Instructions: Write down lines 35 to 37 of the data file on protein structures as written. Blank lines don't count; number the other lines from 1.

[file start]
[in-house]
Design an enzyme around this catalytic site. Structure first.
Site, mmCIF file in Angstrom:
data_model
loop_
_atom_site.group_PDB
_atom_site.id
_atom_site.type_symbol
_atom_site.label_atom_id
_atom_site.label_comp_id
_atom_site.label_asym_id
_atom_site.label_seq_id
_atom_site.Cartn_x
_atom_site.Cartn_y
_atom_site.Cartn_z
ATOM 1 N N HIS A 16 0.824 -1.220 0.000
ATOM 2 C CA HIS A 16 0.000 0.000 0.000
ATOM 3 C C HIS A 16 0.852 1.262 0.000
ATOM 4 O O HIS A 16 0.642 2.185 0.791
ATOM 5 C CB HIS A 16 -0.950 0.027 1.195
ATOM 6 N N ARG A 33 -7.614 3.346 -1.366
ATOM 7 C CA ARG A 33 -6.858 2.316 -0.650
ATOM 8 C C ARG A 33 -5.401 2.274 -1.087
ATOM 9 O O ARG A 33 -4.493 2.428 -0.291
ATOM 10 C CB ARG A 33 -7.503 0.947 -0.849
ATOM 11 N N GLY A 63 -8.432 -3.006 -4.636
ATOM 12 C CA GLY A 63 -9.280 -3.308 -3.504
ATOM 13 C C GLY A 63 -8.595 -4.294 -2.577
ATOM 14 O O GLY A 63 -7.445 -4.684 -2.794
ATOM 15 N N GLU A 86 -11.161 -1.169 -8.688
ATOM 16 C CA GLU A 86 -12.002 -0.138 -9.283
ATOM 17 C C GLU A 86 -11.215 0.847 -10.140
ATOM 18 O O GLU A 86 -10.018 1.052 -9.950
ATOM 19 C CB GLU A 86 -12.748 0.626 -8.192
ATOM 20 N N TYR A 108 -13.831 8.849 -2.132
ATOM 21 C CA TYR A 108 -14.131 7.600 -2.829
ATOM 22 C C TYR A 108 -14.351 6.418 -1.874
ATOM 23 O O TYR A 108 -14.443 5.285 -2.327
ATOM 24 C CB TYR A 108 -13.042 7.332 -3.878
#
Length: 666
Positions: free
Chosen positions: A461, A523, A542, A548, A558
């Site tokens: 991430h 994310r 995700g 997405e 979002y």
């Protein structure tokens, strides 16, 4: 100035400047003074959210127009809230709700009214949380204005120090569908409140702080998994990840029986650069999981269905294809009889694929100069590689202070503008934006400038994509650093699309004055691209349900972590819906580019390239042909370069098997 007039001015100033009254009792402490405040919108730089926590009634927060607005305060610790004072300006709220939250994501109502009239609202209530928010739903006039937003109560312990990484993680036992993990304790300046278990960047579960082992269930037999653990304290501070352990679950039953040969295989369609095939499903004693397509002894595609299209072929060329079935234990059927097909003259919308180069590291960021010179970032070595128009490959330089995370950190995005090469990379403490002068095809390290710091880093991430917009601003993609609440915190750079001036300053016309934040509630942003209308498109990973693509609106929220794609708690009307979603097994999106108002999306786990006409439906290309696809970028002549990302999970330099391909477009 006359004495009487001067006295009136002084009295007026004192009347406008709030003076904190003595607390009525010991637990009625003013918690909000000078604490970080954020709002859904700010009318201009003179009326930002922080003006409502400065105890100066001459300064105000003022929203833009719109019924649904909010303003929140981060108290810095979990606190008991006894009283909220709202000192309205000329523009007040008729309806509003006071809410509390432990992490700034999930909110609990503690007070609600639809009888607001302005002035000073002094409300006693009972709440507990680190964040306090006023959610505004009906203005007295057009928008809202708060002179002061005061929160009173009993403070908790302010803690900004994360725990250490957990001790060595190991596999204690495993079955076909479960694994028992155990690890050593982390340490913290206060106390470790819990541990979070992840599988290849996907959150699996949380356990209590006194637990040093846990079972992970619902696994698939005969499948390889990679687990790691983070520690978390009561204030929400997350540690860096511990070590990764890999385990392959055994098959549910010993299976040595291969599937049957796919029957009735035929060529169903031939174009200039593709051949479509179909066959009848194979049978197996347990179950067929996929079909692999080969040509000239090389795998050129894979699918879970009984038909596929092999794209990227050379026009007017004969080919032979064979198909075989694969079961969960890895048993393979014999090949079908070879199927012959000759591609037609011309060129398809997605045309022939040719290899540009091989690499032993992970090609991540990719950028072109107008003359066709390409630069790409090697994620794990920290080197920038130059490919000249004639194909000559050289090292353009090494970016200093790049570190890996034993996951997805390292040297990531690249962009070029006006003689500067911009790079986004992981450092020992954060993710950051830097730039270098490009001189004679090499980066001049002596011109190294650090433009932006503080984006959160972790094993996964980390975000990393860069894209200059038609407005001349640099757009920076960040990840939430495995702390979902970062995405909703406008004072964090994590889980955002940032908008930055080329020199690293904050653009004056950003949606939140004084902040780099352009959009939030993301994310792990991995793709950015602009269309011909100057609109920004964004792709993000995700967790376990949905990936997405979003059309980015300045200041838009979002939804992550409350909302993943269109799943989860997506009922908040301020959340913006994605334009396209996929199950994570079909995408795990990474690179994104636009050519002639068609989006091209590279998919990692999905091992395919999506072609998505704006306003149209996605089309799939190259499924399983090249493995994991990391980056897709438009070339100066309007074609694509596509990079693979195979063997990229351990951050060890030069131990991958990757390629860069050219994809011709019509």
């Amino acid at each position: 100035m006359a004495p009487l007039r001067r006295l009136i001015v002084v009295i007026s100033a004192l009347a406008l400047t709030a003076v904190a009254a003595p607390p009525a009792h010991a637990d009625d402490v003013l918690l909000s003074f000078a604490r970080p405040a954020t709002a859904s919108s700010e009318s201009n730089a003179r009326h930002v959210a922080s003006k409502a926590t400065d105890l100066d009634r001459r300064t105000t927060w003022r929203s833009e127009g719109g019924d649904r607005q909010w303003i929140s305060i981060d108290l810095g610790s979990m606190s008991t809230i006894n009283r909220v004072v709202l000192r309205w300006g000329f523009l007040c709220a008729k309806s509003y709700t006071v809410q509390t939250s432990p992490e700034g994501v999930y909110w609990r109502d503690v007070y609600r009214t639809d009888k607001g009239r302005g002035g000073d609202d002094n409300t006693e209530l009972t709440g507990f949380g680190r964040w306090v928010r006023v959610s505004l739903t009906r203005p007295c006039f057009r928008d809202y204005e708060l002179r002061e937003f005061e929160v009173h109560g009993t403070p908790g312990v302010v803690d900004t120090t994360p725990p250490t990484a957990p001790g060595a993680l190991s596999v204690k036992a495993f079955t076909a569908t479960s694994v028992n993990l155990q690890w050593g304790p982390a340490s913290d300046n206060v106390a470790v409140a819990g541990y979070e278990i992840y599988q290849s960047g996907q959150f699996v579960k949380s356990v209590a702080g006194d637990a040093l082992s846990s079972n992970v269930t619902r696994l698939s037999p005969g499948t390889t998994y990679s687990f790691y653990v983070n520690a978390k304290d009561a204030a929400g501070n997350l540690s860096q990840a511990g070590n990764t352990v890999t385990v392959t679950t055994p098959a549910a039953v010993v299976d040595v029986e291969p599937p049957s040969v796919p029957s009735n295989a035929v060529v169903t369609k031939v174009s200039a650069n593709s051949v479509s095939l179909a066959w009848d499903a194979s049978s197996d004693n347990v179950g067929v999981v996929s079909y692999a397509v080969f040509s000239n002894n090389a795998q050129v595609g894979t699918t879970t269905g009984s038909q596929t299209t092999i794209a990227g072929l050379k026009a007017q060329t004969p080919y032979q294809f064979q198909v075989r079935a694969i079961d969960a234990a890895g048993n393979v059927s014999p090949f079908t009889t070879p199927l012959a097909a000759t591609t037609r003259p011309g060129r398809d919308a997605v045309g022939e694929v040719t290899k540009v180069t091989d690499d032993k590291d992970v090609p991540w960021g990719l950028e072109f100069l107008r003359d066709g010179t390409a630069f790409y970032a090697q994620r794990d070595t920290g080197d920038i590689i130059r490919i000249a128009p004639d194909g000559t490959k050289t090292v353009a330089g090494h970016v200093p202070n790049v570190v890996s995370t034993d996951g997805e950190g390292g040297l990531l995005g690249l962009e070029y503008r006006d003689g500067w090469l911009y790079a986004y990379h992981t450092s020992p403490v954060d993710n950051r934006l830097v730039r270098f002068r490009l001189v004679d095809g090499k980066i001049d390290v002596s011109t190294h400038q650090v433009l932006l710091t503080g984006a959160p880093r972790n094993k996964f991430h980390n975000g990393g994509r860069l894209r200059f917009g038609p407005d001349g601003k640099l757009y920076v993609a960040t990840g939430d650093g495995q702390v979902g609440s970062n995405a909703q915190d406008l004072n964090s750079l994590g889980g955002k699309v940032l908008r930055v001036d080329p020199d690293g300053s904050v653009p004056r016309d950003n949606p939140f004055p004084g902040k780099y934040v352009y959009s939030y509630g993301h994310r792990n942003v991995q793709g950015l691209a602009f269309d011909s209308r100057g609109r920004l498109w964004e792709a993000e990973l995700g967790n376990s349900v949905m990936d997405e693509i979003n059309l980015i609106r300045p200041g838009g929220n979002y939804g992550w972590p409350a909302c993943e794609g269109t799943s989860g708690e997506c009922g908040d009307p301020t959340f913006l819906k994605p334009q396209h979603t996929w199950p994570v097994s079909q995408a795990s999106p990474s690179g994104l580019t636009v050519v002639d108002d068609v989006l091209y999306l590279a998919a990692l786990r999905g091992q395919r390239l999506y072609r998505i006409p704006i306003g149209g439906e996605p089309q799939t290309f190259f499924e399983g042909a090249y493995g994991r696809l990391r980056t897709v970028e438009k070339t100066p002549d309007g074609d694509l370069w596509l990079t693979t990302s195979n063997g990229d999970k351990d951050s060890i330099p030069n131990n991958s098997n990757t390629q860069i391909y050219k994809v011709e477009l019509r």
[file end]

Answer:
ATOM 20 N N TYR A 108 -13.831 8.849 -2.132
ATOM 21 C CA TYR A 108 -14.131 7.600 -2.829
ATOM 22 C C TYR A 108 -14.351 6.418 -1.874